Updated March 25 at 6:25am

Chronic absenteeism remains a problem, says Rhode Island Kids Count

Chronic absenteeism in school among Rhode Island’s youngest students is a persistent problem that needs to be addressed, according to new data released Monday by Rhode Island Kids Count.

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Chronic absenteeism remains a problem, says Rhode Island Kids Count

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PROVIDENCE – Chronic absenteeism in school among Rhode Island’s youngest students is a persistent problem that needs to be addressed, according to new data released Monday by Rhode Island Kids Count.

The release of the data, which was embargoed, was to be officially presented from noon to 2 p.m. Monday at 1 Union Station by Rhode Island Kids Count, The Providence Plan and the Rhode Island Data Sharing Project to educators, policymakers and community leaders. September is Attendance Awareness Month.

During the 2013 to 2014 academic year, chronic absenteeism, in which students miss 10 percent or more of a school year, measured 16 percent for the state’s kindergarten students, 12 percent for first-graders, and 10 percent for both second-graders and third-graders, said Elizabeth Burke Bryant, executive director of Rhode Island Kids Count. Among low income children in kindergarten through third grades, 19 percent were chronically absent, compared with 5 percent for higher-income kids in those grades, she added.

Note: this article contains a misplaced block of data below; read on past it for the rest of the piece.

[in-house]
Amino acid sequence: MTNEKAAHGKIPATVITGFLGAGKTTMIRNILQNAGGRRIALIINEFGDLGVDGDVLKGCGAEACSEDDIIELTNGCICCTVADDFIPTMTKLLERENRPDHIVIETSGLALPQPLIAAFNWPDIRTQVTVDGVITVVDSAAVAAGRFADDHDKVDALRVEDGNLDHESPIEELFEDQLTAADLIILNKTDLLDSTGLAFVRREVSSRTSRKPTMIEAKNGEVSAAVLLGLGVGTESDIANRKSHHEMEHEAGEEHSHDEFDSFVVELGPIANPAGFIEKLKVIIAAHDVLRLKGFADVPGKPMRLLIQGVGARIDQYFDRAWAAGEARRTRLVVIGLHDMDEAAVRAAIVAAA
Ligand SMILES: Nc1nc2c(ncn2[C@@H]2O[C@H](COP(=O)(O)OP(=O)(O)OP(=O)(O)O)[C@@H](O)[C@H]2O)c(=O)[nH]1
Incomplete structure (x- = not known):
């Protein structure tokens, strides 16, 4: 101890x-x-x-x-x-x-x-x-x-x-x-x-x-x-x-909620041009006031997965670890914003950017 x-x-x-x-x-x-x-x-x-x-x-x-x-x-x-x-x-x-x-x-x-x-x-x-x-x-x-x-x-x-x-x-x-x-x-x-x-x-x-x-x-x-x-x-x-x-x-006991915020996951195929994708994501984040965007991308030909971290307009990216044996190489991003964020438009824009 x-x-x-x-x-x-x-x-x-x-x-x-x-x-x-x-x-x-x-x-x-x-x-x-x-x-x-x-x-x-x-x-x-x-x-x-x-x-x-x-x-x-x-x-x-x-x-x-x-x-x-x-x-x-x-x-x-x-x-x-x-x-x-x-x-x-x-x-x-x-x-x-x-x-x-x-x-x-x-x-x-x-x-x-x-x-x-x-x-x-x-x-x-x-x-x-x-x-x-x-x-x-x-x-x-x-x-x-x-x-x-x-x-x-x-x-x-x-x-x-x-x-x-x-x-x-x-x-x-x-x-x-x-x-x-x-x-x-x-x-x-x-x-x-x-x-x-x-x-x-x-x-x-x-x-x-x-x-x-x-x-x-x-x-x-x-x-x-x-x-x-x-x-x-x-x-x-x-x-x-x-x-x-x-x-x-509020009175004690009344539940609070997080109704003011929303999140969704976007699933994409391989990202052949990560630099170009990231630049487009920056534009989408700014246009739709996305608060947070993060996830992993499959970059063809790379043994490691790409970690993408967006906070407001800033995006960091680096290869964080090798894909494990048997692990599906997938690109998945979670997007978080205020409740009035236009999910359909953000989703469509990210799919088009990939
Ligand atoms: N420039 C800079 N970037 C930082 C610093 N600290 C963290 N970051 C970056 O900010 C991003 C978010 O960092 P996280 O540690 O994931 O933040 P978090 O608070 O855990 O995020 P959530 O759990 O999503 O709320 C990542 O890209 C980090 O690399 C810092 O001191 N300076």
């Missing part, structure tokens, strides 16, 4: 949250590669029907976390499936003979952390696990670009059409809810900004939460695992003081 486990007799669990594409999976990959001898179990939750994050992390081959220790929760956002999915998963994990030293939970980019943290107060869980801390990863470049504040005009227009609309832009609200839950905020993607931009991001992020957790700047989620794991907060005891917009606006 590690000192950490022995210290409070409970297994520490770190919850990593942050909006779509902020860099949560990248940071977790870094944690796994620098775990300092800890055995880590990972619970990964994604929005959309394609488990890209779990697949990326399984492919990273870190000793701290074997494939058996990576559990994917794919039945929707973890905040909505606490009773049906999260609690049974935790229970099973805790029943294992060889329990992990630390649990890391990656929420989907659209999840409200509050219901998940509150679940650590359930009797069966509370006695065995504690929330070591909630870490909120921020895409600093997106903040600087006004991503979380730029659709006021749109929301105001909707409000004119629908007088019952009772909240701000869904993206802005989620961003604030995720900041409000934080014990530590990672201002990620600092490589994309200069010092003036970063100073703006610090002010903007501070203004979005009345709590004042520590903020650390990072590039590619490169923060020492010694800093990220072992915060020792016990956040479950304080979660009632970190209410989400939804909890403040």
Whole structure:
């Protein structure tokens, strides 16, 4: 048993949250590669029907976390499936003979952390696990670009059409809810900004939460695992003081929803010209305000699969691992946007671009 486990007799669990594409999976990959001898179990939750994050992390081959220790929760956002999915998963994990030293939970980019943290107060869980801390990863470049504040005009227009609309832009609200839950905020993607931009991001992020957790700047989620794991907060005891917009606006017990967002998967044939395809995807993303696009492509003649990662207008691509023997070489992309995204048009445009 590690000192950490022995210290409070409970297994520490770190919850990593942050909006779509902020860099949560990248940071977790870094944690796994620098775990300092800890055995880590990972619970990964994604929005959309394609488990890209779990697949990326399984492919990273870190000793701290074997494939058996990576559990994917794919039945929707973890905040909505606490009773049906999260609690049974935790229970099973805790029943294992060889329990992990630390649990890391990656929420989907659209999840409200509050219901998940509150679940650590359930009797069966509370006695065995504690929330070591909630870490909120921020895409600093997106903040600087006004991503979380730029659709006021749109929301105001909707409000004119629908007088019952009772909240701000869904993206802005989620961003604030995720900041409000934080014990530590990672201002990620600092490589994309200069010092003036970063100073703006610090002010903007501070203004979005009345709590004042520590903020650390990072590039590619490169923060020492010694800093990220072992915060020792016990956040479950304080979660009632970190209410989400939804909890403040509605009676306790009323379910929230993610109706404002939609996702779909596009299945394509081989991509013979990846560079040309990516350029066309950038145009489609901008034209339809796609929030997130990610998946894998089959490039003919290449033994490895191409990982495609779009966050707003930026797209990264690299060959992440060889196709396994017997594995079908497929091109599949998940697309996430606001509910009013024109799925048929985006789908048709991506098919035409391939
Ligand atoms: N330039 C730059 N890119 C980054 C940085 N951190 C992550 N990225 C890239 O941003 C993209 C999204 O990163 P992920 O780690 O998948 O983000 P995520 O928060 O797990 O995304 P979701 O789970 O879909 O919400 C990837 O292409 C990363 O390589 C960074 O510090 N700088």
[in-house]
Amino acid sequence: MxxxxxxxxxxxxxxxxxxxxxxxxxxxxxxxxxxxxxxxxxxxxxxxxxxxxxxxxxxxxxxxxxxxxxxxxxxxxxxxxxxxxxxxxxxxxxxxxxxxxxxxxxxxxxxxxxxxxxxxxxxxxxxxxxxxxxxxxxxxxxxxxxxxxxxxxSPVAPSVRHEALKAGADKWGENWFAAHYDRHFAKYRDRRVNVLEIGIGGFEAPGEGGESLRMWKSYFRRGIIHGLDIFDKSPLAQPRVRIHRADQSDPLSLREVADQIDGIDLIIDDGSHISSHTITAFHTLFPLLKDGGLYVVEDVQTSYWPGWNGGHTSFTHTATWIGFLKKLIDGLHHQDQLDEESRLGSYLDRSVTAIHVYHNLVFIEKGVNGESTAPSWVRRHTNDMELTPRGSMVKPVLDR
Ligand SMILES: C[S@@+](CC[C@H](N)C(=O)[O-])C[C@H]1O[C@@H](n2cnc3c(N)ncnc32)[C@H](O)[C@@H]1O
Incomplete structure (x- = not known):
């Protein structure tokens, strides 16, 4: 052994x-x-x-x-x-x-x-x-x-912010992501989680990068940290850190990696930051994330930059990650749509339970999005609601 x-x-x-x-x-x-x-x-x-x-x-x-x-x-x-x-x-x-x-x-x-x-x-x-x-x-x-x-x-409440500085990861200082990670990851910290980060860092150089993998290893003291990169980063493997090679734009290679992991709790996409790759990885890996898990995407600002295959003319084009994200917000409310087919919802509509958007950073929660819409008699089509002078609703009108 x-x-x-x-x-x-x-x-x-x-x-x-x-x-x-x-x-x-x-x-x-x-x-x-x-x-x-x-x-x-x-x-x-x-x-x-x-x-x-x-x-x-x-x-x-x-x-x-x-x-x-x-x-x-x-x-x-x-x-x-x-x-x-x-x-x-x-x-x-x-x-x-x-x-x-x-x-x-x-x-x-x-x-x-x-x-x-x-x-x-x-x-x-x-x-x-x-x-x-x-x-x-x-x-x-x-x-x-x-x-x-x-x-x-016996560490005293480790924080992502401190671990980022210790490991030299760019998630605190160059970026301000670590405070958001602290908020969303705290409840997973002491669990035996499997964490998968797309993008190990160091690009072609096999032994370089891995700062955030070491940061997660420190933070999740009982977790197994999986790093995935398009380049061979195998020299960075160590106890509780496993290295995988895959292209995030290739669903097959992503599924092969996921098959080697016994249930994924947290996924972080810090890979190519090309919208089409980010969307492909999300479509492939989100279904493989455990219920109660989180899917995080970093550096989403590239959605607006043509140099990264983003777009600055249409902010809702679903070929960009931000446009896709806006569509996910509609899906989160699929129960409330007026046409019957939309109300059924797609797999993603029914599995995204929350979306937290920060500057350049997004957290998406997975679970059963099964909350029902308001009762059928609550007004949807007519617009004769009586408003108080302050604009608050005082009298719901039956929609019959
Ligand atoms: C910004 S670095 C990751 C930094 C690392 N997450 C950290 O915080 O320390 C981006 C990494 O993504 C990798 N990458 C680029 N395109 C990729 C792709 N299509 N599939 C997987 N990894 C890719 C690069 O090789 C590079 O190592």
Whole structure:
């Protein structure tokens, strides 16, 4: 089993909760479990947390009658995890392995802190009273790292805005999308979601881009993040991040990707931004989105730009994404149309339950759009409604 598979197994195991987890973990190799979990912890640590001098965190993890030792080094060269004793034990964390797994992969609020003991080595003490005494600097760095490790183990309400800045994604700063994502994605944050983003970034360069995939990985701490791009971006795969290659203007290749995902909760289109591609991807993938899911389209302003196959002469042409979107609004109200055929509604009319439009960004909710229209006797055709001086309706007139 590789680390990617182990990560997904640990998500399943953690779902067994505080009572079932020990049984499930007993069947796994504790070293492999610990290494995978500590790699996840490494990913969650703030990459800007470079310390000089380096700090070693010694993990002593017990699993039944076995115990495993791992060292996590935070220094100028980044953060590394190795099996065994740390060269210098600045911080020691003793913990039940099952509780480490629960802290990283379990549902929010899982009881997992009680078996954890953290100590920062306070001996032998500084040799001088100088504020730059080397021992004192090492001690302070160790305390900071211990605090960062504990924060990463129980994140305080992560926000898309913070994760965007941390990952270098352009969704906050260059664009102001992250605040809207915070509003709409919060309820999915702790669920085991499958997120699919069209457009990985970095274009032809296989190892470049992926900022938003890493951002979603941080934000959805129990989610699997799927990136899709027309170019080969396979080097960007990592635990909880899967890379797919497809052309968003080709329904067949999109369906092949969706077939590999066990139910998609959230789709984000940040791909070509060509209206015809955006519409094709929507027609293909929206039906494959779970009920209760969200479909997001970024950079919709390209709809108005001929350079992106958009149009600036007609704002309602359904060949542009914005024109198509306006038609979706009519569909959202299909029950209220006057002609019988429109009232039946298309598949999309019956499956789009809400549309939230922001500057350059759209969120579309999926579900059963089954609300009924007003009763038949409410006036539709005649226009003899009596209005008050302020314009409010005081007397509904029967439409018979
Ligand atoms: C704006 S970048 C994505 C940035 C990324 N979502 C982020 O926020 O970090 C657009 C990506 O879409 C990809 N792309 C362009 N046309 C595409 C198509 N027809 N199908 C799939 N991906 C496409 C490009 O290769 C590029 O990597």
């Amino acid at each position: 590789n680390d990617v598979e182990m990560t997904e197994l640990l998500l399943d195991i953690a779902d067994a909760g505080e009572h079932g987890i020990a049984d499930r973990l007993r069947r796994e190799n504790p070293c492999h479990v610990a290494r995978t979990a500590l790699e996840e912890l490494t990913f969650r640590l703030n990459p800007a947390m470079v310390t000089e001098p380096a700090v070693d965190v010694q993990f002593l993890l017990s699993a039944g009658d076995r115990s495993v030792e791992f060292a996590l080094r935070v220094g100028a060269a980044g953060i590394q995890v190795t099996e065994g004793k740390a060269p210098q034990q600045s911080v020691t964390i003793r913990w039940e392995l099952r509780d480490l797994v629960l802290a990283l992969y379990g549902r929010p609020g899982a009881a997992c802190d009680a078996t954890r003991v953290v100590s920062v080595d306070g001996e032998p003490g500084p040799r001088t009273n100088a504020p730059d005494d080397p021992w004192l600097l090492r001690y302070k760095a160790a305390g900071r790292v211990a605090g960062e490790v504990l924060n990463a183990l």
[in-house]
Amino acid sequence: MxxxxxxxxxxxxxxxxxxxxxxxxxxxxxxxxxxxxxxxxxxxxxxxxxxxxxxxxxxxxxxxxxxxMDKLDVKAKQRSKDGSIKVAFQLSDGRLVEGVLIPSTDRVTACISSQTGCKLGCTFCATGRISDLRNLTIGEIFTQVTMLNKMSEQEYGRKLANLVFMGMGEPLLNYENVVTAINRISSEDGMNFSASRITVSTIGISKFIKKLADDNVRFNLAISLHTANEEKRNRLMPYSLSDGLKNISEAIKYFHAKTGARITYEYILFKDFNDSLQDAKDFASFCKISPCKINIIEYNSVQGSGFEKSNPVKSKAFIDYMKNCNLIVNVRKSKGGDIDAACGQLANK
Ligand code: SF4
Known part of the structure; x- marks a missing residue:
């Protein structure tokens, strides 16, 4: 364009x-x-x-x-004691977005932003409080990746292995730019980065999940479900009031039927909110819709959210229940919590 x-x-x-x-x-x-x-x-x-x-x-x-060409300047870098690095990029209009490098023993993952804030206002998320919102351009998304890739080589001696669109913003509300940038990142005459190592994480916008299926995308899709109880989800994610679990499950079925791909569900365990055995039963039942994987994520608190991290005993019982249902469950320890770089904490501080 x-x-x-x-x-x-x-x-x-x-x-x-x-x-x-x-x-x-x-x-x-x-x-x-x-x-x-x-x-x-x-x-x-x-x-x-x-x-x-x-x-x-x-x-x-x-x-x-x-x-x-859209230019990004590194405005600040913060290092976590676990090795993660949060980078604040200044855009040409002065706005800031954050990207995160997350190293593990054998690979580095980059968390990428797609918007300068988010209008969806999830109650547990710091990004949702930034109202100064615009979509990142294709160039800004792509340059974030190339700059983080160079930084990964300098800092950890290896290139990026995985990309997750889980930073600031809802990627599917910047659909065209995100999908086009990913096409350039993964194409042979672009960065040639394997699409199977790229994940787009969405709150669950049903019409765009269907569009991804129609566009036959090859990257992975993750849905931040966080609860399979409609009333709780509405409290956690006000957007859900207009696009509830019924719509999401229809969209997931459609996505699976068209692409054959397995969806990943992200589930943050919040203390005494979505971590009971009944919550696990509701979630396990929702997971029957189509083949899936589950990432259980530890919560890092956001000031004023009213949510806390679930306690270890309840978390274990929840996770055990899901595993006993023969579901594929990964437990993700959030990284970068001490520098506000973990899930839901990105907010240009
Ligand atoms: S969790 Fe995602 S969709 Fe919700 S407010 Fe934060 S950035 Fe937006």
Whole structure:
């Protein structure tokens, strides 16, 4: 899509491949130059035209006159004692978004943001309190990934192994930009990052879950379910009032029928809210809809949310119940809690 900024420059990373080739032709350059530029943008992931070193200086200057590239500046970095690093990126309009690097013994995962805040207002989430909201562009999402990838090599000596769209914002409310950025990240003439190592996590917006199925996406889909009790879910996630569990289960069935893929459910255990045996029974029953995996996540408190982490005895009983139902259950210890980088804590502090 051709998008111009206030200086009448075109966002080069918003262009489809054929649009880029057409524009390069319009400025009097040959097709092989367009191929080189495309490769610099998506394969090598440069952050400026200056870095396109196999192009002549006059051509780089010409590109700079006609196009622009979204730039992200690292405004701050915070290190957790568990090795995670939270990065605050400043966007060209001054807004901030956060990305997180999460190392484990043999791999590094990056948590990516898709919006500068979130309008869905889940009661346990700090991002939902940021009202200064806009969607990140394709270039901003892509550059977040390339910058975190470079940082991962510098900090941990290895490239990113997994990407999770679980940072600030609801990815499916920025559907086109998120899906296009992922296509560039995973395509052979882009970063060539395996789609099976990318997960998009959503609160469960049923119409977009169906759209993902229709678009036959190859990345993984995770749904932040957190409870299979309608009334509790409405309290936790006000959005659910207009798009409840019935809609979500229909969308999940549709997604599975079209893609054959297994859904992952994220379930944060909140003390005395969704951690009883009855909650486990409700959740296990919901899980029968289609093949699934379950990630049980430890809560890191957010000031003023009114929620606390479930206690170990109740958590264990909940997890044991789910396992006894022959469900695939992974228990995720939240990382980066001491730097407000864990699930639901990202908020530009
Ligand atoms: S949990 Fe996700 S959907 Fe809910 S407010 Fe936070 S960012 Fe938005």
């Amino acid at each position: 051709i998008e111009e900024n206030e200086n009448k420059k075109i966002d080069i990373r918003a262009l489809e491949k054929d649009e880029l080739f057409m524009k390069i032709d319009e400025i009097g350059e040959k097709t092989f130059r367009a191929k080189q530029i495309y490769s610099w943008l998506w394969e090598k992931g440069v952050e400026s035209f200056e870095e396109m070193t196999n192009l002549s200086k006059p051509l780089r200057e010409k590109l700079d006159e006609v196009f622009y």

In addition, 74 percent of kindergartners during the 2004 to 2005 school year who were chronically absent were chronically absent in subsequent years, suggesting that patterns established early persist, she said.

“Chronic absence is a multi-faceted issue that affects children in every city and town in Rhode Island,” Bryant said. “Leaders and parents need to work together at the state and community level to address the root causes of chronic absenteeism, while paying particular attention to low-income children. We're excited to bring together educators, policy makers and community leaders to discuss the problem of chronic absence, as well as how to implement policies and programs that will improve attendance – and outcomes – for young children.”

The data was culled through the RI DataHUB, a secure data warehouse and research and policy tool that links data and resources from state agencies and partner organizations. The goal is to help policy makers and practitioners understand key issues and make informed decisions.

“Data stories like this one on the negative effects of chronic absence in kindergarten on future educational success shine a light on a problem we all need to work to solve together,” said Patrick McGuigan, executive director of the Providence Plan.

Reducing early chronic absence in Rhode Island is a key strategy for improving reading proficiency by the end of third grade, said Bryant. Three recommendations to get there include:

Developing systems that provide frequent reports on student absenteeism at the state, district and school levels so appropriate strategies for intervention can be identified;

Monitoring attendance regularly, contacting parents as soon as patterns of absence appear and intervening early; and

Nurturing a “culture of attendance” by working closely with parents to reinforce the importance of regular attendance.

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